Once your iPad's battery conks out, Apple will give you a new device, but it'll cost you.
But the service won't come cheap. It'll cost you $99 plus $6.95 shipping for a grand total of $105.95 per unit. You may also have to pay local taxes on the deal.
The purchase price for the iPad itself starts at $499 for a Wi-Fi-only version with 16GB of memory and ranges up to $829 for the Wi-Fi + 3G edition with 64GB of memory.
Apple will replace your iPad only if the battery has lost its charge through normal use. So if you make your battery kaput by spilling hot coffee on your iPad or accidentally dropping the device out the window, you're out of luck.
And beware that the replacement iPad won't have any of your personal data on it. You'll need to make sure you have a fresh backup of your contacts, calendars, e-mail account, and other information. That's one reason why it's a good idea to sync your iPad with iTunes on a regular basis.
To get your replacement iPad, you can contact Apple Tech Support or visit a local Apple Store or authorized service center. Apple says you can expect service to be done within a week after you send in your old iPad.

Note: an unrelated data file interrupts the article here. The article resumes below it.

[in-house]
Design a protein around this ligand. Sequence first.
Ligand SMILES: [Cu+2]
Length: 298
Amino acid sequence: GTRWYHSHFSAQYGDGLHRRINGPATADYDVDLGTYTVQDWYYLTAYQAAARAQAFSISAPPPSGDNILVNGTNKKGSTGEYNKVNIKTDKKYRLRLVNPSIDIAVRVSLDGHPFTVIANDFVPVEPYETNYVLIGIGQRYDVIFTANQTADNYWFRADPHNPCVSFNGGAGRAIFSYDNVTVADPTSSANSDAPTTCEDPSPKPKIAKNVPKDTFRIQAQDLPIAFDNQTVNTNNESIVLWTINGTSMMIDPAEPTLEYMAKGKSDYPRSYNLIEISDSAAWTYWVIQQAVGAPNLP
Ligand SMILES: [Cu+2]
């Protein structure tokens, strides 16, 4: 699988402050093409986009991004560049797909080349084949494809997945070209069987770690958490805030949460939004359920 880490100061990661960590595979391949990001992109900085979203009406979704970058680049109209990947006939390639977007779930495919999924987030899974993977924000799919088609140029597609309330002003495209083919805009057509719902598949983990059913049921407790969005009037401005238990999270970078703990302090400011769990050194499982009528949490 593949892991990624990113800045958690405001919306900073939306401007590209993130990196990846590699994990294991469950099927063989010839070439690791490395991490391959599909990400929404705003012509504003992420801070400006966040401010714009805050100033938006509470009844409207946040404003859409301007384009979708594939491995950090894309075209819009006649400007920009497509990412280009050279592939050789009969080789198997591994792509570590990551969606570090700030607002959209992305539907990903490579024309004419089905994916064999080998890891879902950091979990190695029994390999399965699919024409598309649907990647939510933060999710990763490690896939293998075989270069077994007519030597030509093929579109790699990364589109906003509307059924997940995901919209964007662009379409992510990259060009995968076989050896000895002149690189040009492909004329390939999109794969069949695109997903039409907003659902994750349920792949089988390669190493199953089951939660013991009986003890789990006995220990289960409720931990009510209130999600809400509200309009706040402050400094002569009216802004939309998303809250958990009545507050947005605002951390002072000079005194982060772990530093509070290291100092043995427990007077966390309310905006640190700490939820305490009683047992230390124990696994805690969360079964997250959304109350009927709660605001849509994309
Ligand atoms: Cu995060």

iPhone and iPod owners know that Apple makes it a practice to sell devices without user-replaceable batteries and then charge a healthy fee to replace them. Many iPhone customers were initially miffed that they couldn't replace their phone's batteries themselves, with one unhappy customers even filing a.
iPhone owners with dead batteries pay $79 plus tax to get a new battery within the warranty period. iPod users have to cough up anywhere from $49 to $59 to get a new battery installed, while iPod Touch owners pay $79 for the same privilege. Of course, for people who don't want to spend that much money, there are ways of .
The iPad is due in stores April 3, and preorders have already begun.